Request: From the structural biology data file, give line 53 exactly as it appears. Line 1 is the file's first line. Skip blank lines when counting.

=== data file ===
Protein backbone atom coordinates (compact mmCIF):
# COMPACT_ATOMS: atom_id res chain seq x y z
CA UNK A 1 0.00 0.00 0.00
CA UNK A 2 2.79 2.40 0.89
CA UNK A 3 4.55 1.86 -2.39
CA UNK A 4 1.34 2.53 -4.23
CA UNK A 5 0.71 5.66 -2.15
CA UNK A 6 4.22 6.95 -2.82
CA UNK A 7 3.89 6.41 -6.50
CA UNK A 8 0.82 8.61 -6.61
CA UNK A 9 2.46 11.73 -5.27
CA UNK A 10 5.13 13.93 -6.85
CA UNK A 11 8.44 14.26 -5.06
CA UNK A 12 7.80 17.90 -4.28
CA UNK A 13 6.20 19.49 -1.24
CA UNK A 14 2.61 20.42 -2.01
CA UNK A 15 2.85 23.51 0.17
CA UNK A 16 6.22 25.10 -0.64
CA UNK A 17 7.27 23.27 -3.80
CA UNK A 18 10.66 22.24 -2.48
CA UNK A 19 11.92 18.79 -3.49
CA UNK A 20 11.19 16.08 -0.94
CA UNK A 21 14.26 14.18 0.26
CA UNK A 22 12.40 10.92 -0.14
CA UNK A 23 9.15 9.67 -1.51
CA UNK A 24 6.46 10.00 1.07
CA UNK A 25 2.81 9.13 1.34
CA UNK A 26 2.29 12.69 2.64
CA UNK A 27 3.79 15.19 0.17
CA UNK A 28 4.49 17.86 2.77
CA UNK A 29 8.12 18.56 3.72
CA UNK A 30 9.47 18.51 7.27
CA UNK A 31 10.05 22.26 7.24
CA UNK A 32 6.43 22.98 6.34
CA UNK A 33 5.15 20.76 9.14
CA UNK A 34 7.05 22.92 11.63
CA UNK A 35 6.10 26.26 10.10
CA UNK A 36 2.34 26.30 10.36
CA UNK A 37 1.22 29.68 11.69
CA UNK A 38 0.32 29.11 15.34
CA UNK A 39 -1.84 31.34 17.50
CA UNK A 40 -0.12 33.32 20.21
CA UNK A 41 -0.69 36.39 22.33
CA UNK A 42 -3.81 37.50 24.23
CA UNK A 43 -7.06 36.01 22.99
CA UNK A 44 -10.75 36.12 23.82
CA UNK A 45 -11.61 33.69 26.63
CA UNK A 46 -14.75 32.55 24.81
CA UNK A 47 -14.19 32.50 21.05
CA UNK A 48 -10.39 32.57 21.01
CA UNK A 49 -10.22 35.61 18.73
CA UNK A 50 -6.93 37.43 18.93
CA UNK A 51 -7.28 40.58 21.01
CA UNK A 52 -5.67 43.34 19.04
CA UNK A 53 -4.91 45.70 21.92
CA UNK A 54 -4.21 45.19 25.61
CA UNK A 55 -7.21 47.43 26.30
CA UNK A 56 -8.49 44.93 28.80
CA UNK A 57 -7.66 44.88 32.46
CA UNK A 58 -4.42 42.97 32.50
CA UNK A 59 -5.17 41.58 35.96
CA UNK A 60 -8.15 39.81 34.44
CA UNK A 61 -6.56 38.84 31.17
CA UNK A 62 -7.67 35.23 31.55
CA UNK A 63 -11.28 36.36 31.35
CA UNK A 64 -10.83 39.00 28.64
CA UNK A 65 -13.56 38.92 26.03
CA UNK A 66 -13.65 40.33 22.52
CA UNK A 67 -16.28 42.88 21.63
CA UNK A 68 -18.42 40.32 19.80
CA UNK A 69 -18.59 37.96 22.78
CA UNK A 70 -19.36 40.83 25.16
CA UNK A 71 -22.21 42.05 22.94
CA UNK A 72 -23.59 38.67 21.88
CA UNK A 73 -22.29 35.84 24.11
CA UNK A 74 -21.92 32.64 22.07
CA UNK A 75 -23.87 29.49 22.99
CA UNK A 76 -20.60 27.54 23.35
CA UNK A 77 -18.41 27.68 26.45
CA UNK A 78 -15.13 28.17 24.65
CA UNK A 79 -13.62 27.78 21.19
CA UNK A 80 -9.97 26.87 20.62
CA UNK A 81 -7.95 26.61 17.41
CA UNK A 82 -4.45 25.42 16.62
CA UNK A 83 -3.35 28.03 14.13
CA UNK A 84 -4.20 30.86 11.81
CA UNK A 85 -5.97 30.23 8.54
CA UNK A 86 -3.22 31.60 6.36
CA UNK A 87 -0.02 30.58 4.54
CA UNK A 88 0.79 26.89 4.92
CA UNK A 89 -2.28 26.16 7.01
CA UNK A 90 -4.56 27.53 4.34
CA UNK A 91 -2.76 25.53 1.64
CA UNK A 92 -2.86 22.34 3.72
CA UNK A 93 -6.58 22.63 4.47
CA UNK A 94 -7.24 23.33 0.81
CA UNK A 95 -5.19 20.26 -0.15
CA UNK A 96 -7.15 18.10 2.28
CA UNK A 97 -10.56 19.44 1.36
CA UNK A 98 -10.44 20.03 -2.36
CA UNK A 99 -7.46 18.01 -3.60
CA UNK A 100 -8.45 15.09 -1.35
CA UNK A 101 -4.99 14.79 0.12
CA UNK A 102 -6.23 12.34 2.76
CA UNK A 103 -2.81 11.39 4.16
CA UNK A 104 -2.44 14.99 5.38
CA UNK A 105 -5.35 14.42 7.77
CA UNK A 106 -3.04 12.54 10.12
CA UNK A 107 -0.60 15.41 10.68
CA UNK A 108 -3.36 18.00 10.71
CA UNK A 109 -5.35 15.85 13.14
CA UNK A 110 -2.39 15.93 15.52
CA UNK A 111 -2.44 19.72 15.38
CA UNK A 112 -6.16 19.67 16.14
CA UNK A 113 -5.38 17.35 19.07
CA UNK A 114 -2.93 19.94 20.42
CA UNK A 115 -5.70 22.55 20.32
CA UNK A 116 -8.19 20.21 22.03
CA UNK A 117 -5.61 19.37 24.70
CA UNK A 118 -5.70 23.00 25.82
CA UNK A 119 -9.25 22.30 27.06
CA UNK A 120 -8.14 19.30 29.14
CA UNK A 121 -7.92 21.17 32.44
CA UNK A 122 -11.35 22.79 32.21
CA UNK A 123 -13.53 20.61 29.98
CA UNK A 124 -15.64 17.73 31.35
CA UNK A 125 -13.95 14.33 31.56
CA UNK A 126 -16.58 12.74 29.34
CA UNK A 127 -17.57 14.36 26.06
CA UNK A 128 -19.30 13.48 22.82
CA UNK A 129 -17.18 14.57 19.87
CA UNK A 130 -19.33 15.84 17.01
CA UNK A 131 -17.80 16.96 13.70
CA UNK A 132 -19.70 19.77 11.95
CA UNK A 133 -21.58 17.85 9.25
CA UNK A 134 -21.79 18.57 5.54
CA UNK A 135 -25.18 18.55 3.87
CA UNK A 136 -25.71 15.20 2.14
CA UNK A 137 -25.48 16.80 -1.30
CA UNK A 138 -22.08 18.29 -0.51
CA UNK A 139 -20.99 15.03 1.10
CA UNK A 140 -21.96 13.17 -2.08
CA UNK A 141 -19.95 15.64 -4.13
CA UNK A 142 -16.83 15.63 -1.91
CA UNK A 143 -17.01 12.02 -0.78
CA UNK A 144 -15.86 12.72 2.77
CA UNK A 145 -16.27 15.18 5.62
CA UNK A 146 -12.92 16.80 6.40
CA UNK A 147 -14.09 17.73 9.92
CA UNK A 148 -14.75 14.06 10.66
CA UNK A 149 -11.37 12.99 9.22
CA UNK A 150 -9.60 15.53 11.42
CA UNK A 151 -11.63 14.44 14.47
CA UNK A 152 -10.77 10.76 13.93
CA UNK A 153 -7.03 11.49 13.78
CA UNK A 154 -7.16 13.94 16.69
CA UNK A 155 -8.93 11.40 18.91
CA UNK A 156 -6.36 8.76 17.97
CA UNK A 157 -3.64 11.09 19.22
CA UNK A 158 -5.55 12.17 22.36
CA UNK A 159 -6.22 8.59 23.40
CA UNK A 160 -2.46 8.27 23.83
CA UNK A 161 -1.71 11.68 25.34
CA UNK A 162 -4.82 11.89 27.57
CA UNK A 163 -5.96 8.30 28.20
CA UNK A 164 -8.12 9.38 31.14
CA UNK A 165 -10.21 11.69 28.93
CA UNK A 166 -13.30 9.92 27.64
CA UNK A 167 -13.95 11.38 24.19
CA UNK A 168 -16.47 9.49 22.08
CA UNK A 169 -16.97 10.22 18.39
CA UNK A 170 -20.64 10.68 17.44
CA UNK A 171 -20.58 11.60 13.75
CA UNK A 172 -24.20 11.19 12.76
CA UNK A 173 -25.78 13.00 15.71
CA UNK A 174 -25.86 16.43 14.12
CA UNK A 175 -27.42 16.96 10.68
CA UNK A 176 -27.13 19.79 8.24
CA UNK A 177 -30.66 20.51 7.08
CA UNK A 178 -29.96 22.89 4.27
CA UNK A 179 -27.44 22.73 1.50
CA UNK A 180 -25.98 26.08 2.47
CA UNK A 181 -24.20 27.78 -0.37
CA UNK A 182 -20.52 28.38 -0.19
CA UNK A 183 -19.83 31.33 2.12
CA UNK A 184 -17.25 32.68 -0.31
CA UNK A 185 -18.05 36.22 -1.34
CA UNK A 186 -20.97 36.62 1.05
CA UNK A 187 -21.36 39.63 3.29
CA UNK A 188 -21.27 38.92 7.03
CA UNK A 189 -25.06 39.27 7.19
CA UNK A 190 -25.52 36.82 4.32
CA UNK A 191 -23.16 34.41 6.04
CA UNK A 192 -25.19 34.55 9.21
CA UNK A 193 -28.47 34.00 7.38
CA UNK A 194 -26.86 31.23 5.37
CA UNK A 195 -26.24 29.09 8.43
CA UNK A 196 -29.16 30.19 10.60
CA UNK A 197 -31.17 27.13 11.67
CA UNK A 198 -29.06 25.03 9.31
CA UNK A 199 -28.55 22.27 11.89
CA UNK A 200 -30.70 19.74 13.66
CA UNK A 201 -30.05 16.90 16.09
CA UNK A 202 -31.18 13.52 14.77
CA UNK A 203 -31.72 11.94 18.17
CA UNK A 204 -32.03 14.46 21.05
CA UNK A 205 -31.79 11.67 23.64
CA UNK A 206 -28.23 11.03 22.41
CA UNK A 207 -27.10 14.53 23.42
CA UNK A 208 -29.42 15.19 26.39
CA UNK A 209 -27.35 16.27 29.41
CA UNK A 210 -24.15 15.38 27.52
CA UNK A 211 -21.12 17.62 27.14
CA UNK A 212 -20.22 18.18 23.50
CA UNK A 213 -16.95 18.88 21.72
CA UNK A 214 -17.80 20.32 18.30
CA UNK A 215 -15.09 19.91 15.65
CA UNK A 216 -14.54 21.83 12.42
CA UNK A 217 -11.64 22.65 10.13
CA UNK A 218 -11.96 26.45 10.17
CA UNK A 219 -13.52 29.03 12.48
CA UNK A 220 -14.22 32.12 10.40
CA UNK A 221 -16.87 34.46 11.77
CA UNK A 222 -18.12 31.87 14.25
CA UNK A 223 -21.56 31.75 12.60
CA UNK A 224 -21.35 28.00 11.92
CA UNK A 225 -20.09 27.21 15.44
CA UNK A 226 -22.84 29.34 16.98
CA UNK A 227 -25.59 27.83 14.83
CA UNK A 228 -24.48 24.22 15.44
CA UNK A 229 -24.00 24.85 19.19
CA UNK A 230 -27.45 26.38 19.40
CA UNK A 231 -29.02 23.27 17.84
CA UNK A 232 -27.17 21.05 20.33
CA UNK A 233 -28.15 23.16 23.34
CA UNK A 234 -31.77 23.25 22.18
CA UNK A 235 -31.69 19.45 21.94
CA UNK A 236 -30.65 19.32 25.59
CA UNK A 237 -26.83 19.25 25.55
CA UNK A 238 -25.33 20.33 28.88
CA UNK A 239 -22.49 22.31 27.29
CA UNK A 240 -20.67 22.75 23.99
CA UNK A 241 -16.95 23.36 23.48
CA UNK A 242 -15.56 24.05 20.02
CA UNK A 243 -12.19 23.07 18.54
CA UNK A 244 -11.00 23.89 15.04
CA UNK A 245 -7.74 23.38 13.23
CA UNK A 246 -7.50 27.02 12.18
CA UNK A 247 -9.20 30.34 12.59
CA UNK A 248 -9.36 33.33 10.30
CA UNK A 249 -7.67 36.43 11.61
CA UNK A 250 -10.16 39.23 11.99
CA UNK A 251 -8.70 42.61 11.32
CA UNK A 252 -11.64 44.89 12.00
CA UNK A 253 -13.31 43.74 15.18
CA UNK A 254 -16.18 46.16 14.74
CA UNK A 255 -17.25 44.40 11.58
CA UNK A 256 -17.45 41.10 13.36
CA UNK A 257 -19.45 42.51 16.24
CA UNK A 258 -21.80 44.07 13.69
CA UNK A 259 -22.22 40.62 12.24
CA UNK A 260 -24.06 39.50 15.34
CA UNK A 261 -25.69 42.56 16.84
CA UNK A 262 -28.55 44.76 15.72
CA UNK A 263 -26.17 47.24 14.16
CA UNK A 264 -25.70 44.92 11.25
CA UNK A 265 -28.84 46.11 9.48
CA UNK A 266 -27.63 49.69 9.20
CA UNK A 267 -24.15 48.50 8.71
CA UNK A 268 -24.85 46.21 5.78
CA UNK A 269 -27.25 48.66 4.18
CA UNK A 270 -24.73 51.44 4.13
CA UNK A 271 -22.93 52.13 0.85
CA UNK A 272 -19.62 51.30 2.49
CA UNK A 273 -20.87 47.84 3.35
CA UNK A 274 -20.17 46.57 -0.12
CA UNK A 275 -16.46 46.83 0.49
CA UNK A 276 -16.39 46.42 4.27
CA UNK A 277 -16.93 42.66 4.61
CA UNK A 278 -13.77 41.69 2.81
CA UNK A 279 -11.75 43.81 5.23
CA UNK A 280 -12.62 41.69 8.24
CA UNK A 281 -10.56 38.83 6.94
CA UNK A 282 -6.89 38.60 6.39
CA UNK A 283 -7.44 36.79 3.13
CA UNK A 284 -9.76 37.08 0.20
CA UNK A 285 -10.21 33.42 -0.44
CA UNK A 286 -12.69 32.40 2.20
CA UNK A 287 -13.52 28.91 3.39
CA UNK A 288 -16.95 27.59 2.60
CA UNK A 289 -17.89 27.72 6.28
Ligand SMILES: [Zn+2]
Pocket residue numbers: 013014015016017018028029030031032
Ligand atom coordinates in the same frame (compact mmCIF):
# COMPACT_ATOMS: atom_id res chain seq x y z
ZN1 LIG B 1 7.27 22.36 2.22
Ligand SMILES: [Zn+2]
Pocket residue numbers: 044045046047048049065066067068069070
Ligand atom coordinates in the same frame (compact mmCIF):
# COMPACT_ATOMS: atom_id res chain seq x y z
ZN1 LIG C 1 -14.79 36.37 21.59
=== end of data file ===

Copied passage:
CA UNK A 51 -7.28 40.58 21.01